SINCE 2006, the State has intensified measures to bolster health and safety at work. It has passed laws, established implementing agencies, and introduced rules and regulations to ensure regular inspections are done. But while the focus has been on safety at work, what about matters closer to home? Does the State do enough to assist homeowners who need to undertake repairs? A recent spate of tragic incidents suggests there is a lot of room for improvement.
No one should have to endure what the family of five-year-old Pawaan Granger is enduring today. On Sunday, Pawaan died after suffering massive cerebral trauma. Falling blocks from a wall at the family’s premises have been blamed.
Pawaan’s death is the latest to happen in the area within the last few months.
On February 22, Roger Lewis was found dead at his Jacob Settlement, Santa Flora, home beneath a pile of rubble from a concrete wall he had been demolishing.
The State cannot be expected to go into the private property of individuals and to protect all who reside there at any given moment. Nor are we suggesting individuals are to blame for serendipitous accidents that might happen to any of us at any moment in the privacy of our homes. At the same time, it is clear the State is in a position to give people the tools they need to enjoy their property in peace.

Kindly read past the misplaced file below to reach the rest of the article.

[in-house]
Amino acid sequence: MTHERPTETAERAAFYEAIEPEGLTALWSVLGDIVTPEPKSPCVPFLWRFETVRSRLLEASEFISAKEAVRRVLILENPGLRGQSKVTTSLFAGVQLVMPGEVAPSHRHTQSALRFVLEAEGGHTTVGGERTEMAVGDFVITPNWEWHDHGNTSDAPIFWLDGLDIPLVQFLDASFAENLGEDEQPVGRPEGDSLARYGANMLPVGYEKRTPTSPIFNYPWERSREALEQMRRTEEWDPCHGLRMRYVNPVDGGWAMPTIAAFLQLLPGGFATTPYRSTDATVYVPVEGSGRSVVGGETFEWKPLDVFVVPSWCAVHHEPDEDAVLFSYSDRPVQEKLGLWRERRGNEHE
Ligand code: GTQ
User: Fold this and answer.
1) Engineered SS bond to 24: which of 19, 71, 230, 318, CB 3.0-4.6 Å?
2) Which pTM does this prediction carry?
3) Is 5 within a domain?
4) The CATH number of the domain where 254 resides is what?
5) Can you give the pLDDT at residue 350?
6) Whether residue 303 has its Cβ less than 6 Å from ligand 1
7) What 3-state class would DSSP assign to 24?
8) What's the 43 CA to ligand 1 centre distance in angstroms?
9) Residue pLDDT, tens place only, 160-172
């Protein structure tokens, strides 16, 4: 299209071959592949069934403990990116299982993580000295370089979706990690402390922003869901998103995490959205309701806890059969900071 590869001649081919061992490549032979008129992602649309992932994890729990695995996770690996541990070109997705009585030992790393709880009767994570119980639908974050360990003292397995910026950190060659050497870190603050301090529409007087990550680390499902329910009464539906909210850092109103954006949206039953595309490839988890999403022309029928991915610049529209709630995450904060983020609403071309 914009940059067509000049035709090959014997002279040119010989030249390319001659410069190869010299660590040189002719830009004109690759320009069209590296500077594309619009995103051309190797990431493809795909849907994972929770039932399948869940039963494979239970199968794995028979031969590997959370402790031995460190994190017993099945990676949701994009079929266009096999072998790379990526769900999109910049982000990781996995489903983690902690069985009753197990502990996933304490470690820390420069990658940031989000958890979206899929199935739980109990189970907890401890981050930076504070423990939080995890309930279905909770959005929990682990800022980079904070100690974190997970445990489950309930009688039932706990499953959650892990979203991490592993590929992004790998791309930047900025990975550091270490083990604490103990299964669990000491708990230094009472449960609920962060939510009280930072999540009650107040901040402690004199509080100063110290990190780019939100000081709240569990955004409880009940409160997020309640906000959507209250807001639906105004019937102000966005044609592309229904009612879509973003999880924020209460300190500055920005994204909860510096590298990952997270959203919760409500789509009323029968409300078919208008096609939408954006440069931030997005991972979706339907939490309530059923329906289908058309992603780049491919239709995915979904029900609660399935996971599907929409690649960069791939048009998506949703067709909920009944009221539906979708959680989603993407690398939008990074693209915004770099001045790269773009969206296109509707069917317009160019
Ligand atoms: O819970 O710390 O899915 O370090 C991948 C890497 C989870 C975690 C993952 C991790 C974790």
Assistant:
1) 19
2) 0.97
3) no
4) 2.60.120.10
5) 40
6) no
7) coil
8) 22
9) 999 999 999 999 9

One tool is regulation. The State should enforce building codes wherever they exist or devise fresh ones. Building codes are necessary not only to ensure structures can withstand natural disasters such as earthquakes and hurricanes. They also play a vital role in safeguarding public health and ensuring structures remain fit for purpose for as long as possible.
At a wider level, Town and Country Planning also has an impact on the nature of residential development. It affects the scope of options open to individual homeowners who may choose to reside at a particular place.
That said, the State should be commended for offering home repair grants to eligible citizens. Such grants are particularly useful for vulnerable families who need it most.
Finally, public education and the bolstering of skilled labour can enhance the quality of work done in homes throughout the country. As the experience with the Housing Development Corporation housing stock has taught us, quality is often the first factor when it comes to ensuring safety. It is little use attempting to raise the level of affordable housing units if we, as a nation, cannot devise systems to ensure consistent health and safety standards.